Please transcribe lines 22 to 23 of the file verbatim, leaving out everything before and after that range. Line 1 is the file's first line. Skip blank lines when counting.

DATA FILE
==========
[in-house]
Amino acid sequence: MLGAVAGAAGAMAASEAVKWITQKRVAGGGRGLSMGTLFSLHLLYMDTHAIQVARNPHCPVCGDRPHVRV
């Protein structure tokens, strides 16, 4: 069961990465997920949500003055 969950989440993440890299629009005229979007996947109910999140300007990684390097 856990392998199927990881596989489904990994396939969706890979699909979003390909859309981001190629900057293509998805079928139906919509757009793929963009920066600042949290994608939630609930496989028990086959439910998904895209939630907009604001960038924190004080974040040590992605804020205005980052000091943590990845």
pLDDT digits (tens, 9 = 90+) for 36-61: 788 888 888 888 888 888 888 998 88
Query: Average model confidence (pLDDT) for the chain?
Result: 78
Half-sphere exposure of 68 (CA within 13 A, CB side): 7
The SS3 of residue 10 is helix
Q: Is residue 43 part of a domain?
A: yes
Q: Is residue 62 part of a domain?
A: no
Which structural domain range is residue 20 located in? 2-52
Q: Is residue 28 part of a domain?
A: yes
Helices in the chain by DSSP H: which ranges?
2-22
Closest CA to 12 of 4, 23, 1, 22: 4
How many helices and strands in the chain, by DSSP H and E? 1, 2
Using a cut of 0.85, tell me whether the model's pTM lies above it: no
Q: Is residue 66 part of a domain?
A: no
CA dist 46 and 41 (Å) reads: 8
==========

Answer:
A: no
CA dist 46 and 41 (Å) reads: 8